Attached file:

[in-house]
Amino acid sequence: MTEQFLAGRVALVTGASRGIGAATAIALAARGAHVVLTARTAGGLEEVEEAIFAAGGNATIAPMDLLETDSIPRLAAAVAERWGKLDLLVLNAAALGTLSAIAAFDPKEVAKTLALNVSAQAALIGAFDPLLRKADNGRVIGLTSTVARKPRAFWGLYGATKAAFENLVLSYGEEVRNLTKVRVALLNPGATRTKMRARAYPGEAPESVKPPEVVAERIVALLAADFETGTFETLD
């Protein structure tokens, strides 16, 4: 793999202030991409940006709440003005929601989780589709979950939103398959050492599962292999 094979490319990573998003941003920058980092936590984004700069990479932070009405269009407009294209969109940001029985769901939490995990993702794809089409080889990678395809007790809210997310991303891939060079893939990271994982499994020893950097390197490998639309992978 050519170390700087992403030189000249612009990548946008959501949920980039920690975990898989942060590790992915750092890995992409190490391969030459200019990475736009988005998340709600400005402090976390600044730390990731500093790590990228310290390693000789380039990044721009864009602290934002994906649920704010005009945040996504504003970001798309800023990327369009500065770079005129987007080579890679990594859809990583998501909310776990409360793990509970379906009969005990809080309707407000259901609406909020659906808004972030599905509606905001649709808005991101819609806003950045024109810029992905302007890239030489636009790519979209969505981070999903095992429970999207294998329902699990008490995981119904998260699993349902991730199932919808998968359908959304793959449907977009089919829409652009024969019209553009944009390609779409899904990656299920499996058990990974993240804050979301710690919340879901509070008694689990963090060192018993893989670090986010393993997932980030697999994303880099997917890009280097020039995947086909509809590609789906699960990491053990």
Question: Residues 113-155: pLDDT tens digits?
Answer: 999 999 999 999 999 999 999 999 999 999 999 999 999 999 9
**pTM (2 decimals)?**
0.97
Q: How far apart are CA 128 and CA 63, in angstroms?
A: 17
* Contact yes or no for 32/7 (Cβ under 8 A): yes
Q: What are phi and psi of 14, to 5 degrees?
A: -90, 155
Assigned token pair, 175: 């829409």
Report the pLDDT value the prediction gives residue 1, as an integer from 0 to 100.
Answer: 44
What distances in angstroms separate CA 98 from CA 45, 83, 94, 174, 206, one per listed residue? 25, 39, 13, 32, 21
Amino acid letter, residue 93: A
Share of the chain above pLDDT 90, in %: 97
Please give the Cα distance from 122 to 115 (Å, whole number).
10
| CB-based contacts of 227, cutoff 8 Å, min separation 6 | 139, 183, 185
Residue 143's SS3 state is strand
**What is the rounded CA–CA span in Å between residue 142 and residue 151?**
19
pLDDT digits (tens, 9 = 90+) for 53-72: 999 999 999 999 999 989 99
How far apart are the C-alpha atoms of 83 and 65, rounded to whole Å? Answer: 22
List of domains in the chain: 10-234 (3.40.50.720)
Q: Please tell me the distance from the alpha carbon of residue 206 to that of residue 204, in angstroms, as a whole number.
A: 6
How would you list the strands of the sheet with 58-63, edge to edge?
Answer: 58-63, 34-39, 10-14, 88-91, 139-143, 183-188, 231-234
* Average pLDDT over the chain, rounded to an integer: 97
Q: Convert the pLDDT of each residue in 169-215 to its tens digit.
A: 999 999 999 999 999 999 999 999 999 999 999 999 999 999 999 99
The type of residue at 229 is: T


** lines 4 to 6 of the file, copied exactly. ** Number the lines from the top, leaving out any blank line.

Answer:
Question: Residues 113-155: pLDDT tens digits?
Answer: 999 999 999 999 999 999 999 999 999 999 999 999 999 999 9
**pTM (2 decimals)?**